Connecticut: @AccessHealthCT announces final 2022 OEP enrollment of 112.6K QHPs, up 7.3% y/y!

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I've received a copy of Access Health CT's monthly board meeting slideshow, which includes the final 2022 Open Enrollment Period metrics and other demographic data. Here's some of the key points:

OE Enrollment/Eligibility Activity:

  • Started OE 9 with 107,058 enrollees (Up 8%)
  • 112,634 enrolled into a qualified health plan (Up 7%)
  • 47.5% eligible for APTC (Up 20%), 36.2% eligible for APTC/CSR (Down 6%).
  • Enrollees ineligible for financial help down 43%
  • 24,773 determined eligible and completed application for Medicaid (Down 27%)

112,634 is the topline number. Last year's final OEP enrollment tally for Connecticut was 104,946 QHP selections, which means they actually ended up 7.3% year over year. FWIW, I think CT's all-time OEP enrollment record was 116,000 back in 2016.

  • Average age of enrollees is 44.1 years old (Down .3 Years)
  • 53.4% of enrollees are female (Down .1%)
  • Average number of covered enrollees per household is 1.9 (Unchanged)

The average U.S. household has around 2.5 people, but the average number of people covered under ACA market policies is always below 2. I'm guessing this is because larger families are more likely to have coverage via an employer, while single people/no kids are more likely to be self-employed.

  • 43.9% of enrollees associated with a broker (Down .3%)
  • 48% of 2022 enrollees selected a silver plan (Up 1.2%)
  • Median monthly gross premium $678 (+$47) / Median monthly net premium $94 (-$48)
  • 91.7% retention rate into 2022 policies (Down .1%)
  • 16% (18k) of enrollment not eligible for financial help (Down 14%)
  • 60% of those have opted out of determining eligibility for financial help

These last two interest me. Thanks to the American Rescue Plan, middle-income enrollees are far more likely to be eligible for financial help, which (for 2022 at least) now tapers off gradually as your income increase rather than cutting off immediately once you hit 400% of the Federal Poverty Level (FPL). The fact that 11,000 enrollees didn't even bother checking to see if they were eligible suggests that those enrollees have incomes way above 400% FPL; they know for certain that they don't qualify (or at least feel confident about it even if some may be wrong).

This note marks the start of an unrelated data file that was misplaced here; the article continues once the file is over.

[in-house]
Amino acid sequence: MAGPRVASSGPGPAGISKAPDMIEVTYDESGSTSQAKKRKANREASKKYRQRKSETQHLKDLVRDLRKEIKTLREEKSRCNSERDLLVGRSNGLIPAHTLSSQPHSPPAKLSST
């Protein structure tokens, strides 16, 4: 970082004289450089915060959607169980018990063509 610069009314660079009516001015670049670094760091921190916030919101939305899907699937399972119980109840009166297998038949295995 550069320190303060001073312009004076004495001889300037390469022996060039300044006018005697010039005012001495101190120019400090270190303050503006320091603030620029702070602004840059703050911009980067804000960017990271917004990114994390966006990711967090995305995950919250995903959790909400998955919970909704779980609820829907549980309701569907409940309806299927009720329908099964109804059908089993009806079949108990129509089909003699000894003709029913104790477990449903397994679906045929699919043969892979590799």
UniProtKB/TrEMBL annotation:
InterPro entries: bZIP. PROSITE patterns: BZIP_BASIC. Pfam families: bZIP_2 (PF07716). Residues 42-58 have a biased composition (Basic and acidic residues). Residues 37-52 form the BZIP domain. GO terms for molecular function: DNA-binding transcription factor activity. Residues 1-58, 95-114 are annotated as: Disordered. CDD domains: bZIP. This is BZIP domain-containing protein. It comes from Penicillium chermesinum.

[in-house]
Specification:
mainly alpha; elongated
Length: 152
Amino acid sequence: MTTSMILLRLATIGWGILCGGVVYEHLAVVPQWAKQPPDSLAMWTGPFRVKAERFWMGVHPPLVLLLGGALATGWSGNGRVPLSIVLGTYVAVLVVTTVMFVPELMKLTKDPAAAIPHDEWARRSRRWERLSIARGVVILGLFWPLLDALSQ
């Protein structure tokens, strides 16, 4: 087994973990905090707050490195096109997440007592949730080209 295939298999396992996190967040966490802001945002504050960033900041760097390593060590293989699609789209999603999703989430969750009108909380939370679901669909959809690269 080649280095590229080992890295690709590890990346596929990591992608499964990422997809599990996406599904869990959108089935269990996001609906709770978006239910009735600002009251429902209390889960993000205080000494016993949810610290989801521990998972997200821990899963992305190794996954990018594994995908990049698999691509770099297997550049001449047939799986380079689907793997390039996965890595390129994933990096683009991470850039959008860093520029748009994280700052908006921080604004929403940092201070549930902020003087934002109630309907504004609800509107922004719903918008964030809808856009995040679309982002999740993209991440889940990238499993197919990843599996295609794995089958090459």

There are several slides devoted to a study of adverse selection by Wakely (a large actuarial firm) along several different criteria. The one I find most of interest is the on-exchange vs. off-exchange comparison. I won't post all the slides here, but their conclusions were:


  • Higher off exchange risk scores continue to deteriorate
  • On exchange enrollees are of higher average age than off exchange plan enrollees in individual market
  • Loss Ratios after consideration of risk adjustment transfers indicates that on exchange enrollees are currently not financially disadvantaged.


  • Monitor overall market enrollment, as the off-exchange market continuing to shrink
  • Review impact of shifting metal option enrollment
  • Review impact of expanded use of exceptional circumstances special enrollment periods, limit use and ensure eligibility validity of QLEs
  • Explore mechanisms for stabilizing the individual and small group markets (1332 Waivers)

There's also an important number in the Medicaid section relating to the COVID pandemic and the national Public Health Emergency (PHE) status:

Public Health Emergency Efforts and Impact:

  • PHE recently extended by HHS through January 16, 2022. Expected to maintain coverage for current HUSKY members through at least April 30.
  • Any further extension is not likely to be announced by U.S. Department of Health & Human Services until we are closer to that date.
  • Over 300k with HUSKY coverage extended since start of PHE.
  • Verification requirements extensions continue for enrollees for the duration of the PHE.
  • Planning and strategy underway for eventual PHE end.

Back in June I looked at total Medicaid enrollment in every state. At the time, Connecticut had around 1.1 million residents enrolled in the program, or roughly 30.5% of the total state population. The bullet above does not mean that all 300,000 would suddenly lose Medicaid eligibility, but it is a reminder that a lot of people nationwide could lose Medicaid eligibility whenever the PHE ends, and every state has to be prepared for that happening.